The Center for Responsive Politics reports that 41 congressional candidates invested at least $1 million of their own money in last year’s election, led by U.S. Sen. Rick Scott of Florida, who spent more than $63 million on his winning bid.
In Georgia politics, too, millionaires have become more typical. An Atlanta Journal-Constitution analysis of financial disclosure records found more than half the candidates on last year’s statewide ballot had a net worth that topped seven figures, and their combined assets topped roughly $55 million. Roughly half the members of the state’s congressional delegations are millionaires, according to federal filings.
Loeffler could dwarf that total. Though she won’t be required to produce a detailed public account of her finances until next year, public records suggest she’s poised to become one of the wealthiest members of Congress when she takes office in January.
Records show she and her husband are worth more than $500 million, with real estate investments that include a $10 million Buckhead estate and multi-million dollar condos in Chicago and Sea Island.
Deep pockets don’t guarantee wins in Georgia. Not even close. Just ask self-funding millionaires Jim Barksdale, Michael Coles, Guy Millner and Cliff Oxford, who each lost campaigns for the U.S. Senate despite formidable financial firepower.
Still, Loeffler might look to a towering exception.
U.S. Sen. David Perdue spent about $4 million of his own cash to win the 2014 race with a focus on his background as a Fortune 500 executive, and he’s amassed more than $6 million for his 2020 re-election bid without having to dip back into his wallet.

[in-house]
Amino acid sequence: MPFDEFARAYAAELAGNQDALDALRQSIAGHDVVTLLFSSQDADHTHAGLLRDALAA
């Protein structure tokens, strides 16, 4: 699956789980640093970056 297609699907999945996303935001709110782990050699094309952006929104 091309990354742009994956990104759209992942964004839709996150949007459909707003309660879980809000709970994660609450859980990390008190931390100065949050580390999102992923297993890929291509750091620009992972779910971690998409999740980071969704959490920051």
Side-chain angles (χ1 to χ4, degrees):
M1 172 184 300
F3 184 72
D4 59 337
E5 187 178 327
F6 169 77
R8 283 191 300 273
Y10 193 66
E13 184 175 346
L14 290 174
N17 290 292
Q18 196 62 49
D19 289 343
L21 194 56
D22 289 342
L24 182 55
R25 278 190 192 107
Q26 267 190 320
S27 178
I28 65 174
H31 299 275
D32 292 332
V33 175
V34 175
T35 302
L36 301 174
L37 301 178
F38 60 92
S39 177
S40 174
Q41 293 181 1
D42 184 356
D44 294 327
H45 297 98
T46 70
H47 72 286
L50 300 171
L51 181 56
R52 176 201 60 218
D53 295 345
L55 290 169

One of the thorniest questions Loeffler now faces involves whether to put her assets into a blind trust, which puts investments in the hands of a trustee that makes decisions on their behalf and without her direct knowledge.
Sonny Perdue faced repeated questions about his business interests during his two terms as governor because he declined to put his assets, including an agribusiness company, in a blind trust. Previous governors had put assets into a blind trust. Perdue’s net worth nearly doubled in his first four years in office and it became a campaign issue during his successful 2006 re-election race.
Perdue only agreed to step down from his business holding firm and restructure his family trusts in 2017 to win Senate approval to become U.S. Agriculture Secretary, and it took him months after his nomination was first announced for him to disentangle himself from his vast business interests.
Perhaps the most highly publicized example is Tom Price. The former Georgia Congressman faced a fierce Senate confirmation fight to be President Trump’s health chief in 2017 because of the medical sector stocks he traded while authoring health care legislation. He sold off his stocks after being confirmed.
Isakson, who chairs the Ethics Committee, put his assets in a blind trust in 2012 after The Wall Street Journal raised questions about his stock market investments.
Like many of his Senate colleagues, David Perdue regularly invests in corporate stocks, including in the finance, securities and real estate sectors, which he helps regulate as a member of the Senate Banking Committee.
A Perdue spokeswoman previously said the senator’s assets “are managed by an outside financial advisor who ensures transactions are publicly reported in a timely fashion as required by the Senate Ethics Committee.”
Ethics experts called on Loeffler to build goodwill by taking aggressive steps. Delaney Marsco, ethics counsel for the nonpartisan Campaign Legal Center, said placing her assets in a blind trusts was a “good method to assuage concerns about conflicts of interest related to her personal holdings.”
And William Perry of Georgia Ethics Watchdogs, a government transparency group, said Loeffler should also hold a “high standard of recusal” on any legislation that would benefit herself or her family – and to also not advocate for any legislation that benefits herself or her family.
“It’s extremely important that she do this the right way, that she hold really high standards,” said Perry, “because we really know nothing about her.”
- Staff writer Tamar Hallerman contributed to this report.